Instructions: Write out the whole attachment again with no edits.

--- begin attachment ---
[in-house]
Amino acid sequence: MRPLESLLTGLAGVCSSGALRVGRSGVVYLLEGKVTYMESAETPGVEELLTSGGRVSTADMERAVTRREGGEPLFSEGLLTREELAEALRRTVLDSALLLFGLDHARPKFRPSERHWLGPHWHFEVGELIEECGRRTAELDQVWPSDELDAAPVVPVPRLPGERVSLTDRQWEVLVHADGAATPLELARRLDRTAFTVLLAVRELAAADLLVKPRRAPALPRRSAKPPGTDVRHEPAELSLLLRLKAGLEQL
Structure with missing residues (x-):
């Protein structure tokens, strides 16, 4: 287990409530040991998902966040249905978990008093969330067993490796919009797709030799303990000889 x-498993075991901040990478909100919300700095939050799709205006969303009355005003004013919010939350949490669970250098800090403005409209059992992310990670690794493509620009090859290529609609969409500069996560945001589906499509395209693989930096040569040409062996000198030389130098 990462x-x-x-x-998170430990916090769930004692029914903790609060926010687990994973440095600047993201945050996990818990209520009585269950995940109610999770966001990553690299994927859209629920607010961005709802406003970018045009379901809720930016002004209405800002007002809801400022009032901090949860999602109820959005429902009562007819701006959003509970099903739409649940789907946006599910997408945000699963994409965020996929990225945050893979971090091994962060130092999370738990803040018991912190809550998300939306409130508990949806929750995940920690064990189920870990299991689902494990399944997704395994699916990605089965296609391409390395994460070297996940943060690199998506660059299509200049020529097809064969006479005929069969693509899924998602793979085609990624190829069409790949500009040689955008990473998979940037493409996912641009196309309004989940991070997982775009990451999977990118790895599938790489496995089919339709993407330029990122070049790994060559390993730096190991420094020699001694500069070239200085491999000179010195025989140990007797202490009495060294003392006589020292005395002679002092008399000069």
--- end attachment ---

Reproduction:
[in-house]
Amino acid sequence: MRPLESLLTGLAGVCSSGALRVGRSGVVYLLEGKVTYMESAETPGVEELLTSGGRVSTADMERAVTRREGGEPLFSEGLLTREELAEALRRTVLDSALLLFGLDHARPKFRPSERHWLGPHWHFEVGELIEECGRRTAELDQVWPSDELDAAPVVPVPRLPGERVSLTDRQWEVLVHADGAATPLELARRLDRTAFTVLLAVRELAAADLLVKPRRAPALPRRSAKPPGTDVRHEPAELSLLLRLKAGLEQL
Structure with missing residues (x-):
């Protein structure tokens, strides 16, 4: 287990409530040991998902966040249905978990008093969330067993490796919009797709030799303990000889 x-498993075991901040990478909100919300700095939050799709205006969303009355005003004013919010939350949490669970250098800090403005409209059992992310990670690794493509620009090859290529609609969409500069996560945001589906499509395209693989930096040569040409062996000198030389130098 990462x-x-x-x-998170430990916090769930004692029914903790609060926010687990994973440095600047993201945050996990818990209520009585269950995940109610999770966001990553690299994927859209629920607010961005709802406003970018045009379901809720930016002004209405800002007002809801400022009032901090949860999602109820959005429902009562007819701006959003509970099903739409649940789907946006599910997408945000699963994409965020996929990225945050893979971090091994962060130092999370738990803040018991912190809550998300939306409130508990949806929750995940920690064990189920870990299991689902494990399944997704395994699916990605089965296609391409390395994460070297996940943060690199998506660059299509200049020529097809064969006479005929069969693509899924998602793979085609990624190829069409790949500009040689955008990473998979940037493409996912641009196309309004989940991070997982775009990451999977990118790895599938790489496995089919339709993407330029990122070049790994060559390993730096190991420094020699001694500069070239200085491999000179010195025989140990007797202490009495060294003392006589020292005395002679002092008399000069």